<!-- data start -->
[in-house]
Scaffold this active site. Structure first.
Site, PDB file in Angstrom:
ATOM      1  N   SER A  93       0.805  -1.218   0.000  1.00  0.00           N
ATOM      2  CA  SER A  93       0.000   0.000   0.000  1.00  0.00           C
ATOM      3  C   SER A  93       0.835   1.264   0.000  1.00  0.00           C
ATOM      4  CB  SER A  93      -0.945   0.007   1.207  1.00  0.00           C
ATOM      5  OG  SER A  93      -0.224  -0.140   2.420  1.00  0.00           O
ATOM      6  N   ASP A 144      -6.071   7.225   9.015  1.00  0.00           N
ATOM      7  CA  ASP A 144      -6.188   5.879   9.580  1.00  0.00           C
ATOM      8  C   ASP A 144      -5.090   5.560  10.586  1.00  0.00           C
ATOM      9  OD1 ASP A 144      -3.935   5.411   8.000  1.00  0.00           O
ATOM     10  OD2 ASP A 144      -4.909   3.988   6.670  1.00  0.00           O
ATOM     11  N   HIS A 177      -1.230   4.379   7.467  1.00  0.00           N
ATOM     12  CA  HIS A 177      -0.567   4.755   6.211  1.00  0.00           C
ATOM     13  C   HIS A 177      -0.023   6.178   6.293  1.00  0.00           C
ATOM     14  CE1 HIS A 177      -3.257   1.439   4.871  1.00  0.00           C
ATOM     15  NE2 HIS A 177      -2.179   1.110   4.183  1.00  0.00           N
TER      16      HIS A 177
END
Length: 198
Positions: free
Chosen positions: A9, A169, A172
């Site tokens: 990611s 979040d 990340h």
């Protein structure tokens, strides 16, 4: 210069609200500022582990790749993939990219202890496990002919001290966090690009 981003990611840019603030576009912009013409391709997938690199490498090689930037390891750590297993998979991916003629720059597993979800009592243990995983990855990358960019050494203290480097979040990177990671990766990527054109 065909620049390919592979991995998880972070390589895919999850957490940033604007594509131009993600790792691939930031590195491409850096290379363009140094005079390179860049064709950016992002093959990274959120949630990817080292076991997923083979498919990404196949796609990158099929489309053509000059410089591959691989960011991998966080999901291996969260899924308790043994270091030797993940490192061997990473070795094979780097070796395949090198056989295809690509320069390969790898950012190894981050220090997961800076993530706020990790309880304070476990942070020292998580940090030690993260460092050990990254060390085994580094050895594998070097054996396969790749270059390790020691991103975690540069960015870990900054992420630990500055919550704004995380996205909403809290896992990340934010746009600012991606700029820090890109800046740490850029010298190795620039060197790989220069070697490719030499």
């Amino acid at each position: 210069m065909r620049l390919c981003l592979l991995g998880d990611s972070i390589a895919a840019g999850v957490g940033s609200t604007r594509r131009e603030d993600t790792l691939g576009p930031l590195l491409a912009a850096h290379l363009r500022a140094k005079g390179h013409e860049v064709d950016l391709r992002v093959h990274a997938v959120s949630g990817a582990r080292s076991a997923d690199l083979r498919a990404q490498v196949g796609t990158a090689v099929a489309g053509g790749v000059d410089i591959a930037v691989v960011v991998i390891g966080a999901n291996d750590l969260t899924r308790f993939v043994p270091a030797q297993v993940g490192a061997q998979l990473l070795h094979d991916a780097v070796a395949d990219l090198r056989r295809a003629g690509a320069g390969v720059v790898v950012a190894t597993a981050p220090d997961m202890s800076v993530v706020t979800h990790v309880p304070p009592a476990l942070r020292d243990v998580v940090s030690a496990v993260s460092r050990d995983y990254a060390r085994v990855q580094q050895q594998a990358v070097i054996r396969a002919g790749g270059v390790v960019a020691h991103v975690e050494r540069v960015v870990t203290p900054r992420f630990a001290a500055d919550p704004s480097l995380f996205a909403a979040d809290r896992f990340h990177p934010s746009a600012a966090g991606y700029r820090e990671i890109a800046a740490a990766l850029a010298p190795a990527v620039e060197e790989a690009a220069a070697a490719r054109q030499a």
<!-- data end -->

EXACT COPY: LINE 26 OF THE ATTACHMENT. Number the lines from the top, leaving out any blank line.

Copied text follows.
């Amino acid at each position: 210069m065909r620049l390919c981003l592979l991995g998880d990611s972070i390589a895919a840019g999850v957490g940033s609200t604007r594509r131009e603030d993600t790792l691939g576009p930031l590195l491409a912009a850096h290379l363009r500022a140094k005079g390179h013409e860049v064709d950016l391709r992002v093959h990274a997938v959120s949630g990817a582990r080292s076991a997923d690199l083979r498919a990404q490498v196949g796609t990158a090689v099929a489309g053509g790749v000059d410089i591959a930037v691989v960011v991998i390891g966080a999901n291996d750590l969260t899924r308790f993939v043994p270091a030797q297993v993940g490192a061997q998979l990473l070795h094979d991916a780097v070796a395949d990219l090198r056989r295809a003629g690509a320069g390969v720059v790898v950012a190894t597993a981050p220090d997961m202890s800076v993530v706020t979800h990790v309880p304070p009592a476990l942070r020292d243990v998580v940090s030690a496990v993260s460092r050990d995983y990254a060390r085994v990855q580094q050895q594998a990358v070097i054996r396969a002919g790749g270059v390790v960019a020691h991103v975690e050494r540069v960015v870990t203290p900054r992420f630990a001290a500055d919550p704004s480097l995380f996205a909403a979040d809290r896992f990340h990177p934010s746009a600012a966090g991606y700029r820090e990671i890109a800046a740490a990766l850029a010298p190795a990527v620039e060197e790989a690009a220069a070697a490719r054109q030499a």